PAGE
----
CHARLOTTE, N.C. — North Carolina is considering a bill that would legalize sports betting and use the millions in estimated profits to fund education and other programs hit hard by the COVID-19 pandemic.
The sponsors of Senate Bill 688 said it's less about advocating for gambling, and more about finding a way to bring in more money for the state without raising taxes.
“I think that we've got to find creative ways to fund what we need for education," State senator Paul Lowe said.
Lowe is the co-sponsor of a new bill that would legalize online sports betting statewide on college, professional, Olympic games, and even e-sports like video game tournaments.
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And it would be taxed at 8%, which would bring in an estimated $50 million a year for the state.
The majority would go toward education, funding things like school renovations and technology – particularly for title one schools and programs impacted by the pandemic.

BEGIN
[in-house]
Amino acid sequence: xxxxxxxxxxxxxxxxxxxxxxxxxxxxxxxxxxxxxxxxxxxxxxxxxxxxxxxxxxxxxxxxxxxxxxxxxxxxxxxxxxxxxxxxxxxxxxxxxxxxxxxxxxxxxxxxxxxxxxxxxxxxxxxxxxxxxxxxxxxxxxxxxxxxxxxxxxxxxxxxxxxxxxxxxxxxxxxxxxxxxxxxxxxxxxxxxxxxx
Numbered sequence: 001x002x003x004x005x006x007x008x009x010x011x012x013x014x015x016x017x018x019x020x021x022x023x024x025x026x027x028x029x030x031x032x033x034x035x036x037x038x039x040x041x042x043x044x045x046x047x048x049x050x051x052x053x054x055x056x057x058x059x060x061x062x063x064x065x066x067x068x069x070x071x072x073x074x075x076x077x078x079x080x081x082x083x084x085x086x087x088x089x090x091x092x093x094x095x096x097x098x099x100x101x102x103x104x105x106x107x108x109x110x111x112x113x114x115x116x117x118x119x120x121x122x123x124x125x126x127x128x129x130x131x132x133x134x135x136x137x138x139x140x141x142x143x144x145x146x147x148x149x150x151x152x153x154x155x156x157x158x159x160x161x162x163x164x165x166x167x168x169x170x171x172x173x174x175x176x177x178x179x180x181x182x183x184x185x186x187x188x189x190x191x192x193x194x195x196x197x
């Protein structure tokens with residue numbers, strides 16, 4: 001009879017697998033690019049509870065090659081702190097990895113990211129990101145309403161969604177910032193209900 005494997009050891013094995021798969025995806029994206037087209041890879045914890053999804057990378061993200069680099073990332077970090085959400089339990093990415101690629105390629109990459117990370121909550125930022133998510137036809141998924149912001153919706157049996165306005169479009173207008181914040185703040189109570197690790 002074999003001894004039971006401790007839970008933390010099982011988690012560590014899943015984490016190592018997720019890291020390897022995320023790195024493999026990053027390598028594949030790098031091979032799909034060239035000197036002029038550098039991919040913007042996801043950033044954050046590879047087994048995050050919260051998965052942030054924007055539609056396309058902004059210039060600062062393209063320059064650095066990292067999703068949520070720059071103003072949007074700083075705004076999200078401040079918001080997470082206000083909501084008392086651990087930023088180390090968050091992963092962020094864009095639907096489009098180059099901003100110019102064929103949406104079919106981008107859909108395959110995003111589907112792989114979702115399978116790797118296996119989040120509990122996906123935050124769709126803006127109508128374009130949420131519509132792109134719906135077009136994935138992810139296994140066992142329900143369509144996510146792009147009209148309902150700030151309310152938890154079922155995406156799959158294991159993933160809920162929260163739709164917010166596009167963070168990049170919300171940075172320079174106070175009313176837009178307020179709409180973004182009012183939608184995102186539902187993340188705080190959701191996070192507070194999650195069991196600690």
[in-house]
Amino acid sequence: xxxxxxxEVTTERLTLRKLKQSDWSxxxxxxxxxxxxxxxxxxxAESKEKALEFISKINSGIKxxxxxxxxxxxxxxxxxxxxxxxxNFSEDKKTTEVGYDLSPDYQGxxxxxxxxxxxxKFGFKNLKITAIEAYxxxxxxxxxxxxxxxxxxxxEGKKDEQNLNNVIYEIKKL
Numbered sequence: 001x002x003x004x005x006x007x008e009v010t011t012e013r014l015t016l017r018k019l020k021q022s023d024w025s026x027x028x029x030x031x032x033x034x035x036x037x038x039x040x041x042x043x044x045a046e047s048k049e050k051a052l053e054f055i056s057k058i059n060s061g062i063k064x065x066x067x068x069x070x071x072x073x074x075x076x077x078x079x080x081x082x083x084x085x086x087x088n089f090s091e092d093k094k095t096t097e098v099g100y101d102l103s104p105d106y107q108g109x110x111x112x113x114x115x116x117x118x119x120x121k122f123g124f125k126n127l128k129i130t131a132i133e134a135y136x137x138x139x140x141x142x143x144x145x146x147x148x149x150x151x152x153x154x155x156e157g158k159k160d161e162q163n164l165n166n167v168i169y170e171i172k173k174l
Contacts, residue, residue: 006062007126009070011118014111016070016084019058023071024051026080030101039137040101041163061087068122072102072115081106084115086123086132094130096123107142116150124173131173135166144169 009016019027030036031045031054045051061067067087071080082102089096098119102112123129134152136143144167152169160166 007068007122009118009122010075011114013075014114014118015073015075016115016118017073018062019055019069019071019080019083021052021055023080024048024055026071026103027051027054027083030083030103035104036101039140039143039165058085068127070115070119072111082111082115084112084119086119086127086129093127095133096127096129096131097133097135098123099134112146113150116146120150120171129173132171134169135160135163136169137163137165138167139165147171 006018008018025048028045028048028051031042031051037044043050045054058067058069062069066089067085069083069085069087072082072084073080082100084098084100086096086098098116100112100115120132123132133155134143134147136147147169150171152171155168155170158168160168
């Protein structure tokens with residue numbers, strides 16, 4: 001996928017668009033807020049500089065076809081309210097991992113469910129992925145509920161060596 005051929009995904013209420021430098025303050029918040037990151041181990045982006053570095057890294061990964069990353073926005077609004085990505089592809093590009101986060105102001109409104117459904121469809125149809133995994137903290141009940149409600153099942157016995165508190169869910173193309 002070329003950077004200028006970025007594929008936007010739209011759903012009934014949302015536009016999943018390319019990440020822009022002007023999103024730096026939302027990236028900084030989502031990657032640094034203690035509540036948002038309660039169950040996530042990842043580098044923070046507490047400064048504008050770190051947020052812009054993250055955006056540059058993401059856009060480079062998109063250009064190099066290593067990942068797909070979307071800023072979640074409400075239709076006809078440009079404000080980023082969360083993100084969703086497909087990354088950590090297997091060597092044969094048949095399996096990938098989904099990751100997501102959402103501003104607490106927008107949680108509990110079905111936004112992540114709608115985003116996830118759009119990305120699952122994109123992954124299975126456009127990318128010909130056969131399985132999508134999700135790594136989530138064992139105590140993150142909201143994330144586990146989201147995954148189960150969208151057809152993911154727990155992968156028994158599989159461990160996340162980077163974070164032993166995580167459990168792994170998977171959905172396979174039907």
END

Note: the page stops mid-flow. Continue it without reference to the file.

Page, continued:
“One of the things that have happened with COVID is it's kind of pulled the sheets off of all of the disparities everywhere in North Carolina, all over the country," Senator Lowe said. "And there are lots of disparities. This is just one way of trying to fund possibly fund some of those disparities.”
Governor Roy Cooper supported and signed a 2019 bill legalizing sportsbooks at tribal casinos in the state, which had significant support from bipartisan legislators and sports fans alike.
Shortly after that law passed, the state education lottery commissioned a report to study the potential impact of legalizing gambling on a wider scale.
The results found within five years the state could stand to gain $367 million from sports betting alone.
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Senator Lowe believes it’s time to cash in.
"We've got to fund education," he said. "I don't think there is a perfect way to do it. But this is one way we can do it.”
That gambling report also found if internet casino games and video poker were to be legalized in North Carolina the state could stand to gain $2.8 billion over five years. Although state leaders and anti-gambling advocates say that is less likely to happen.